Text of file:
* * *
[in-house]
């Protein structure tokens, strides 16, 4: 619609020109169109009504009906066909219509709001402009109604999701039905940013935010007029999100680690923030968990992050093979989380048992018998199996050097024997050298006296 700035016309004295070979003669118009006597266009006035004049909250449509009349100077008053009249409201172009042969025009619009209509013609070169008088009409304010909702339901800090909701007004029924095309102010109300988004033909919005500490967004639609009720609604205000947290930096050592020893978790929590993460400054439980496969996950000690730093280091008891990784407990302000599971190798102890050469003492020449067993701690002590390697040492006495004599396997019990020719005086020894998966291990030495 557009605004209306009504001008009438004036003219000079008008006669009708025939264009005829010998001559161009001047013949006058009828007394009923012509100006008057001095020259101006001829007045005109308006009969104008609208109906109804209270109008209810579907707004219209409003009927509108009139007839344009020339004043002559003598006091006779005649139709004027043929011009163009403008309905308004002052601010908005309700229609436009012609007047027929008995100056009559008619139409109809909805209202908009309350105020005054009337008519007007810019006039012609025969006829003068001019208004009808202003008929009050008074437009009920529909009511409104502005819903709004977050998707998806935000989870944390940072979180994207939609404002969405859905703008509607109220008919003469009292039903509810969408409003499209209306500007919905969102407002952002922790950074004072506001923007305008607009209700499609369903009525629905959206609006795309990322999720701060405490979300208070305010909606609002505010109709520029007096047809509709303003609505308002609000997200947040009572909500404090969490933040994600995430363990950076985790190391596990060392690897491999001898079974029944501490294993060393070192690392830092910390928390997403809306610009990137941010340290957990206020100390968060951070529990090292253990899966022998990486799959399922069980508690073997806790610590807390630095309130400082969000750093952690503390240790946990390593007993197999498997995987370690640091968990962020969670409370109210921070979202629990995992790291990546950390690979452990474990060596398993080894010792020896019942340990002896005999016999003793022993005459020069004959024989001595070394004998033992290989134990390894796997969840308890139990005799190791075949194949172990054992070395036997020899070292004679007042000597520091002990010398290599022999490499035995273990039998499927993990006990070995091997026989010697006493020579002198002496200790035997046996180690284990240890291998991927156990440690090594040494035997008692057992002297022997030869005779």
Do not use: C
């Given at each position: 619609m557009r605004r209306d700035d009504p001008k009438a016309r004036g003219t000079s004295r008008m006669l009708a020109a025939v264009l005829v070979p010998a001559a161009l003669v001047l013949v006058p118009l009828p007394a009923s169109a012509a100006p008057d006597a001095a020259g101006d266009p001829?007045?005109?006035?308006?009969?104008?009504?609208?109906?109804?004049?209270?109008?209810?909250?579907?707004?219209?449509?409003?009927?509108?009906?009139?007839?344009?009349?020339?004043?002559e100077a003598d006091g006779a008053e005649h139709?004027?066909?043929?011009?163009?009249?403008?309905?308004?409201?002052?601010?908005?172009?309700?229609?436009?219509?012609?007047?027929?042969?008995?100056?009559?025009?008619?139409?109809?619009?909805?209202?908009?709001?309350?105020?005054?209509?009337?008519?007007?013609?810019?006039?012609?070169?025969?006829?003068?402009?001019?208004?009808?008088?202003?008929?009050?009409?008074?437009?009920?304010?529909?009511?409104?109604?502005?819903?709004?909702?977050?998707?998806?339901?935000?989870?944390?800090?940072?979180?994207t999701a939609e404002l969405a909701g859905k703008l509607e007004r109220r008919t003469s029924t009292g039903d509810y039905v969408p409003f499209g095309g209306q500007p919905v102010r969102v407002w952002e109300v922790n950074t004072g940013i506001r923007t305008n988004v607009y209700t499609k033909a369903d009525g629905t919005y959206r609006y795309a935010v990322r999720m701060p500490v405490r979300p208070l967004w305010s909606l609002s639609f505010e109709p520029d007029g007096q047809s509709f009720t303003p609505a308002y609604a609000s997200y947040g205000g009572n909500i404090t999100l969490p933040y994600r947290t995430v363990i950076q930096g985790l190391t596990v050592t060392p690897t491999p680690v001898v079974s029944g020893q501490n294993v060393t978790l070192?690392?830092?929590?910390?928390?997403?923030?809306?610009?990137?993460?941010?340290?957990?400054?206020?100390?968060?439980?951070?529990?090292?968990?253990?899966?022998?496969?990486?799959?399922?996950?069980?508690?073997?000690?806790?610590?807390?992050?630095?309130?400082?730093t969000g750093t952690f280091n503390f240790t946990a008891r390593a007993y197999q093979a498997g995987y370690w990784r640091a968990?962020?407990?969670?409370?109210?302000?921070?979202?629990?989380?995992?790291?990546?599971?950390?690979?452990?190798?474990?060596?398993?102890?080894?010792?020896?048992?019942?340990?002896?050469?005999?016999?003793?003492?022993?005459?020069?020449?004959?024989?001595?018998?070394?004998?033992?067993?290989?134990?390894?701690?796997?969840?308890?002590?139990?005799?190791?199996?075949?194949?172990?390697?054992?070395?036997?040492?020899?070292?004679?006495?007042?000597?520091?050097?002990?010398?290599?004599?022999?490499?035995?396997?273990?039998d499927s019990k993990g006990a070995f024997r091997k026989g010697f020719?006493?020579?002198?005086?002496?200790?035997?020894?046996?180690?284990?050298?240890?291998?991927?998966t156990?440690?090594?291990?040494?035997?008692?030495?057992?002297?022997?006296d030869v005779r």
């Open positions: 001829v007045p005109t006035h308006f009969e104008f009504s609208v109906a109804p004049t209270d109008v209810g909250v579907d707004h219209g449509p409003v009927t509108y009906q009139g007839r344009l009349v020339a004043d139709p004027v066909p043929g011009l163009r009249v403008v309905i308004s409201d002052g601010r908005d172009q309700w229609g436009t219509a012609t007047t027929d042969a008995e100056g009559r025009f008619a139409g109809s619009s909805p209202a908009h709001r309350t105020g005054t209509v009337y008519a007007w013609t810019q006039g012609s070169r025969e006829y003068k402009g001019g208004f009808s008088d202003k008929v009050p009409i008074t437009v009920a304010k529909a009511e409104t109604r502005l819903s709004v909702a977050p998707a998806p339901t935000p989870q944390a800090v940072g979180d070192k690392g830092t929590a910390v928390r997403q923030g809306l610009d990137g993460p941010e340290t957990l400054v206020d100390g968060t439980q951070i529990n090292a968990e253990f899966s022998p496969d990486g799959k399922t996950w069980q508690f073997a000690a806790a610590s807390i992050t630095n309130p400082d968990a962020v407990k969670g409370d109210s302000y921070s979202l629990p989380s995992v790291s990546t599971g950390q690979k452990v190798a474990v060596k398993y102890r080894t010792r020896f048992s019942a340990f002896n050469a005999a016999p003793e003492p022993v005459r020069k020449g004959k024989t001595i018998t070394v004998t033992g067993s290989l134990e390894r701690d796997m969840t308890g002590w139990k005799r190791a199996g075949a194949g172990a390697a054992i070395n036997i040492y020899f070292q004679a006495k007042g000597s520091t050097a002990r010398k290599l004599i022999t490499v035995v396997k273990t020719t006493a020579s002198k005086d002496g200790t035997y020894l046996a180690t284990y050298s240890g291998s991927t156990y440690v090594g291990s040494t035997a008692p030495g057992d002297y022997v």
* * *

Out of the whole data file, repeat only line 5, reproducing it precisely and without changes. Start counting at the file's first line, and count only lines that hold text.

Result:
């Open positions: 001829v007045p005109t006035h308006f009969e104008f009504s609208v109906a109804p004049t209270d109008v209810g909250v579907d707004h219209g449509p409003v009927t509108y009906q009139g007839r344009l009349v020339a004043d139709p004027v066909p043929g011009l163009r009249v403008v309905i308004s409201d002052g601010r908005d172009q309700w229609g436009t219509a012609t007047t027929d042969a008995e100056g009559r025009f008619a139409g109809s619009s909805p209202a908009h709001r309350t105020g005054t209509v009337y008519a007007w013609t810019q006039g012609s070169r025969e006829y003068k402009g001019g208004f009808s008088d202003k008929v009050p009409i008074t437009v009920a304010k529909a009511e409104t109604r502005l819903s709004v909702a977050p998707a998806p339901t935000p989870q944390a800090v940072g979180d070192k690392g830092t929590a910390v928390r997403q923030g809306l610009d990137g993460p941010e340290t957990l400054v206020d100390g968060t439980q951070i529990n090292a968990e253990f899966s022998p496969d990486g799959k399922t996950w069980q508690f073997a000690a806790a610590s807390i992050t630095n309130p400082d968990a962020v407990k969670g409370d109210s302000y921070s979202l629990p989380s995992v790291s990546t599971g950390q690979k452990v190798a474990v060596k398993y102890r080894t010792r020896f048992s019942a340990f002896n050469a005999a016999p003793e003492p022993v005459r020069k020449g004959k024989t001595i018998t070394v004998t033992g067993s290989l134990e390894r701690d796997m969840t308890g002590w139990k005799r190791a199996g075949a194949g172990a390697a054992i070395n036997i040492y020899f070292q004679a006495k007042g000597s520091t050097a002990r010398k290599l004599i022999t490499v035995v396997k273990t020719t006493a020579s002198k005086d002496g200790t035997y020894l046996a180690t284990y050298s240890g291998s991927t156990y440690v090594g291990s040494t035997a008692p030495g057992d002297y022997v």